Wednesday, March 23, 2011

How will today's budget affect disabled people?

I didn't watch the Budget live this afternoon, and when I was back online I was expecting a flurry of tweets about how it would affect disabled people. There was nothing. The BBC summary of Key Points, and the Independent's summary do not mention disabled people at all, and the BBC Budget Calculator, to work out how much better or worse off will you be in the coming year following the Budget is only for people in paid employment, with no mention of benefits as income other than non-state pensions.

The one piece of possibly good news is that the government are going to 'revisit the issue' of whether the Mobility Component of DLA should be removed for those in residential care.

In the Guardian Columnists' Verdict of the budget. Jackie Ashley says,
I was reminded of that speech Neil Kinnock made back in 1983, warning of the dangers of a Tory government: "I warn you not to be ordinary," he said, "I warn you not to fall ill, I warn you not to get old."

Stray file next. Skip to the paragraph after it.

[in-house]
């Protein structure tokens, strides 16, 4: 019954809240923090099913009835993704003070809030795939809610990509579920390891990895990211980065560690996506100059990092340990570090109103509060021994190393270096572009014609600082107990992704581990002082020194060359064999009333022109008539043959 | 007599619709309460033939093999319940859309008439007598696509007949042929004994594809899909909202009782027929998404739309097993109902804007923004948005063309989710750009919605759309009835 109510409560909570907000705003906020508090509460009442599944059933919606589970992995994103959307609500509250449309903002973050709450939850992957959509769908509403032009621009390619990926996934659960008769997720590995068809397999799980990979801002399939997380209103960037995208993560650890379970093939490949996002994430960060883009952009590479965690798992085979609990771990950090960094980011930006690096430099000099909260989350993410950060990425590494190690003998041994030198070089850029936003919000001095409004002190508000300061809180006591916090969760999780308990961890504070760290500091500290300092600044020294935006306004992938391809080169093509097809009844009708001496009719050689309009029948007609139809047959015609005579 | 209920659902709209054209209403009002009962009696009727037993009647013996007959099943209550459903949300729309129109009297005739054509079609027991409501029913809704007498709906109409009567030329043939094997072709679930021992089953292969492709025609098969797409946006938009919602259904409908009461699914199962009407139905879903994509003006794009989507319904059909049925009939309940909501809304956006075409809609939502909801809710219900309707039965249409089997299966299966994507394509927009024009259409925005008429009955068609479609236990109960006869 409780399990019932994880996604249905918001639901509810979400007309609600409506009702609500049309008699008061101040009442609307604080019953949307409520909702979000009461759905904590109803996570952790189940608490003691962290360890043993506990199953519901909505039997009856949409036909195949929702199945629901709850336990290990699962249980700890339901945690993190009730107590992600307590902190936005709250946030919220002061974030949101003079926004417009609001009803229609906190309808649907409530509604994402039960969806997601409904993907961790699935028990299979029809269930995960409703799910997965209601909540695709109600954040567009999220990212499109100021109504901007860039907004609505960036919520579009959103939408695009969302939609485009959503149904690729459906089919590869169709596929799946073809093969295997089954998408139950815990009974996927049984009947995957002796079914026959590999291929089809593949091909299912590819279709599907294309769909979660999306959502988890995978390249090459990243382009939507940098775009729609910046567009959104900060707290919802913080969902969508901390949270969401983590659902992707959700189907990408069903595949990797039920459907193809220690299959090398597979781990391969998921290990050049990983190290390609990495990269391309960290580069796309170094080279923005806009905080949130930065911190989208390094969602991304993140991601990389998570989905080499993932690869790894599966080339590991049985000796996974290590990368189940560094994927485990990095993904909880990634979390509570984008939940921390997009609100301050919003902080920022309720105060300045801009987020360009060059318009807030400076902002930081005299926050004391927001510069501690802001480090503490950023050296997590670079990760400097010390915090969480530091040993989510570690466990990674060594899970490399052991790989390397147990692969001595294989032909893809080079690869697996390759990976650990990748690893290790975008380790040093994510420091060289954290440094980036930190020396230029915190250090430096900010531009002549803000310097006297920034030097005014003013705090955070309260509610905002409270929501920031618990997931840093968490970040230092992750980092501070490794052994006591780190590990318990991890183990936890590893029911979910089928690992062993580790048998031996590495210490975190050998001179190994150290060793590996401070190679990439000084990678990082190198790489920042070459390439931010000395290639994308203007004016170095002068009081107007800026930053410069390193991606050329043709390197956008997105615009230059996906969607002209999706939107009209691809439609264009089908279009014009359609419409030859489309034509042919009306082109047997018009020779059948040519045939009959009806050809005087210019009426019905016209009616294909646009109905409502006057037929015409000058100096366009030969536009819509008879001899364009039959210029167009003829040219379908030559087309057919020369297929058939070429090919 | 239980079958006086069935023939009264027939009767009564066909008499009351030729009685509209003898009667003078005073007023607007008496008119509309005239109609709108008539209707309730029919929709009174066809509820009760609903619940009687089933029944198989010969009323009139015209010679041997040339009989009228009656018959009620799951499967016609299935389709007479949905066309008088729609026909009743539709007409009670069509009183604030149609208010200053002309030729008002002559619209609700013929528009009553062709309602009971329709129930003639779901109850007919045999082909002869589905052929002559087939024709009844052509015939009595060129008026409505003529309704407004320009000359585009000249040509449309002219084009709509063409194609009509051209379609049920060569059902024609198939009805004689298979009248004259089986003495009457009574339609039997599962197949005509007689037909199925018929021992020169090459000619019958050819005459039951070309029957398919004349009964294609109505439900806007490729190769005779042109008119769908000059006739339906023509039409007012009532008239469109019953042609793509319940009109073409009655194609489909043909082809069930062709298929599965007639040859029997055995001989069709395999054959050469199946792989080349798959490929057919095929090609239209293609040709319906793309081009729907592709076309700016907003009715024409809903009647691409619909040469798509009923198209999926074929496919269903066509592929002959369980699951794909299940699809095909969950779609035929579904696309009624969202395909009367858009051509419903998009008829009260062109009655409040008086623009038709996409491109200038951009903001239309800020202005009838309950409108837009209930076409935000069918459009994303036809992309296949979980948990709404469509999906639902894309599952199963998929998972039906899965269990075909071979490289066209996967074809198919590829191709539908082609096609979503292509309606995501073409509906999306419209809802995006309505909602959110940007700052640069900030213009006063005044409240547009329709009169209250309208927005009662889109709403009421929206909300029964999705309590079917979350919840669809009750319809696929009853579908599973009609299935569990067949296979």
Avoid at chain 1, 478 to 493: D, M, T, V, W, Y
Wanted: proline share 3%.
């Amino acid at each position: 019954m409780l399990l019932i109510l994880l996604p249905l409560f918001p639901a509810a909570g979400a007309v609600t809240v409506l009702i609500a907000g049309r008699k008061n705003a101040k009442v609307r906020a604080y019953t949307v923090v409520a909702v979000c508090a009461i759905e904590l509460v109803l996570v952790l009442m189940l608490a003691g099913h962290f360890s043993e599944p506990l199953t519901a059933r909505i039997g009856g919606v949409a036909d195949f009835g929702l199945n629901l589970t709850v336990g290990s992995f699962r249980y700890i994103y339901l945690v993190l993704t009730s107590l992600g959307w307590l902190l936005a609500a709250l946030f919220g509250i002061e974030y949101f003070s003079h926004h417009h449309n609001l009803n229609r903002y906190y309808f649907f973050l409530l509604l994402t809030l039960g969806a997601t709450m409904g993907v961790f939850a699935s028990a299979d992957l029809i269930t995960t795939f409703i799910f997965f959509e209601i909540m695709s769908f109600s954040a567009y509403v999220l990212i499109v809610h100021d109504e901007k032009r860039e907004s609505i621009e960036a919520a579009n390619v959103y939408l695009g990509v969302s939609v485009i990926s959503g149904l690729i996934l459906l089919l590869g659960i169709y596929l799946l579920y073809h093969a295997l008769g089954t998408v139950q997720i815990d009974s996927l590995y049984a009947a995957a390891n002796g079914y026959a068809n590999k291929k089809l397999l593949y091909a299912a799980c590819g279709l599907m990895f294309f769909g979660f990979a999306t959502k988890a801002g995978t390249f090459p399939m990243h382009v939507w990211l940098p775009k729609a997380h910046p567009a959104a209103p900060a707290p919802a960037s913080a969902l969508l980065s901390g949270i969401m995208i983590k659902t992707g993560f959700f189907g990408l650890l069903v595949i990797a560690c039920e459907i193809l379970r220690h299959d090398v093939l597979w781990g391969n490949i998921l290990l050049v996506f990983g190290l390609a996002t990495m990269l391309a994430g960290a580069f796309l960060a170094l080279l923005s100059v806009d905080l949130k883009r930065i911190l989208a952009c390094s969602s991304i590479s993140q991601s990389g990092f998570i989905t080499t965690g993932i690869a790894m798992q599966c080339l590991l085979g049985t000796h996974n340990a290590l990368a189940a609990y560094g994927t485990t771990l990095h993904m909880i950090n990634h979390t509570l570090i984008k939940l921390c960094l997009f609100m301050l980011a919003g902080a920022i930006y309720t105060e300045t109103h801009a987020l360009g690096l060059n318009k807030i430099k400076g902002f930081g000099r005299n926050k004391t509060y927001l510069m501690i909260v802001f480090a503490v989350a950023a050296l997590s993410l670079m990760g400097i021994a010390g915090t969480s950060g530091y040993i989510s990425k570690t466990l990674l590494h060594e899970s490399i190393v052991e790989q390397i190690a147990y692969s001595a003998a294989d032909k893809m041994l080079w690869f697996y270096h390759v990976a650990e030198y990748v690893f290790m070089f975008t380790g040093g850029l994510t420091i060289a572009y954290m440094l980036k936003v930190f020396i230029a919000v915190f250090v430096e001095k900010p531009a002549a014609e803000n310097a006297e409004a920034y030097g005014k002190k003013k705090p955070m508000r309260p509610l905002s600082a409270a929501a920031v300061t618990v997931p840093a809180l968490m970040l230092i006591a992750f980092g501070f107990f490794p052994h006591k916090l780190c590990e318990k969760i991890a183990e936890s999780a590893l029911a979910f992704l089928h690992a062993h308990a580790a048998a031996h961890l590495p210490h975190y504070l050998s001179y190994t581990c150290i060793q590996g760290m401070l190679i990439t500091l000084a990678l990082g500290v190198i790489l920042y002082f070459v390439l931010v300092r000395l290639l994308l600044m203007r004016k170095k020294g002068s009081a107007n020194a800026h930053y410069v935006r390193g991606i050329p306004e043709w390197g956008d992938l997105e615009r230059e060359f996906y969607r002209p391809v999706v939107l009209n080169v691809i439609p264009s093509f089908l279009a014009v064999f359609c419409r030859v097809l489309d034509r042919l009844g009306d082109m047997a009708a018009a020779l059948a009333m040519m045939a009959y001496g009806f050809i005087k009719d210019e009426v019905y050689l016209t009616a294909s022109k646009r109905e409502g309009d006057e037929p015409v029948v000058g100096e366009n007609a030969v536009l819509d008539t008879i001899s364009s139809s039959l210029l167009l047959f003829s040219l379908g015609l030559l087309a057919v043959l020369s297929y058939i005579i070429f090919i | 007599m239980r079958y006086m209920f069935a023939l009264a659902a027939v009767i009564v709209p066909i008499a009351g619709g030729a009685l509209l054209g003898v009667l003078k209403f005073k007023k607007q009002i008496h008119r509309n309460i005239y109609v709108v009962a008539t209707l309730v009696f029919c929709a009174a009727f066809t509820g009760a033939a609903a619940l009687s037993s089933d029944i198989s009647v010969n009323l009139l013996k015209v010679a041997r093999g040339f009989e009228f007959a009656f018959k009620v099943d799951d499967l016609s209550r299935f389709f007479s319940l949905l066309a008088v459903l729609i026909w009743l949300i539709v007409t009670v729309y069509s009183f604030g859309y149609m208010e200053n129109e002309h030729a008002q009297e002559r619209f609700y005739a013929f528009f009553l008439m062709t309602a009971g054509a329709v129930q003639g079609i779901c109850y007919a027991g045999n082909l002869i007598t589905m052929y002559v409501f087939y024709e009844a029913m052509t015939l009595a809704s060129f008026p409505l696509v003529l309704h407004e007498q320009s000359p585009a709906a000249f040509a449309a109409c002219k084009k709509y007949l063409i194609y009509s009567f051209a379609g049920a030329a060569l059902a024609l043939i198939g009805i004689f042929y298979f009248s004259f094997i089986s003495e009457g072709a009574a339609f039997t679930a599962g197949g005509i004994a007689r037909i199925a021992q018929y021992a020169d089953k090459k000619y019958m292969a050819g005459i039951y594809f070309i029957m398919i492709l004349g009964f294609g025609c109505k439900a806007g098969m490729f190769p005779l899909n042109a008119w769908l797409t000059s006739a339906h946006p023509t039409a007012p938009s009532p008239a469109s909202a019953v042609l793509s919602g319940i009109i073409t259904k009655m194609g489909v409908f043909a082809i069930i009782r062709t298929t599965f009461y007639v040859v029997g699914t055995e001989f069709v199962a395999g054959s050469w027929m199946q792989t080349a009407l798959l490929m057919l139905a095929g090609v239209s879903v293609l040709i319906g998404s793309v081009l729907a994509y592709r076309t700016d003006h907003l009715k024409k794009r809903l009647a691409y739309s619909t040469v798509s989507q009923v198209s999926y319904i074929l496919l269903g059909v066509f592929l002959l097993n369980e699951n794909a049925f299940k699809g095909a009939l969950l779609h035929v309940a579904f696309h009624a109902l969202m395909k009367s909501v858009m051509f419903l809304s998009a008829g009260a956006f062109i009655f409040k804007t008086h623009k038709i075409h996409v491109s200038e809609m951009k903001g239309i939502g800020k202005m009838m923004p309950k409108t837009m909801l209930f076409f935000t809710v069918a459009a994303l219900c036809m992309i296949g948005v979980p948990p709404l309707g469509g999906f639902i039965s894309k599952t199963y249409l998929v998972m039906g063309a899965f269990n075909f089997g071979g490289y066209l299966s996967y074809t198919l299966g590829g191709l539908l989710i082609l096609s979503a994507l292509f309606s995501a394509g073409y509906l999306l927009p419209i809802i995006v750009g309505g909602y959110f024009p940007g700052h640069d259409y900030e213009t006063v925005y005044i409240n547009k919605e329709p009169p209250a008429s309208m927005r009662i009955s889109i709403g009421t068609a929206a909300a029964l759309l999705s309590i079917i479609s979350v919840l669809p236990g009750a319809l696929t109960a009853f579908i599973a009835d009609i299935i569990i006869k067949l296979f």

His warnings seem appropriate today: this budget was all about help for business, but with little regard for those not lucky enough to be able to fund a start-up. What about the old? What about the disabled?
and she summarises that, "There was no mitigation of the £18bn cuts in welfare announced in the spending review last autumn".

And for those of you with private jets, I'm afraid you will be paying a little more, but don't worry, the reduction in corporation tax may help to ease the blow.

It is hard to understand why corporations will be paying less, and disabled people barely merit a mention. If the mobility component of DLA for people in residential care is kept, that is a good thing, but all the rest of the disability benefit cuts look like they are still going ahead.

Like I said, I did not watch the Budget myself, and am relying on others' reports about it, but from what I can see, we are again invisible.

[Edited to add: We have had confirmation from Anne Begg MP about what is happening with the Mobility Component of DLA for people in residential care. She says, "They have just delayed it by 2 years. Savings shown in Red Book from 2013 instead of 2011 which was original plan".]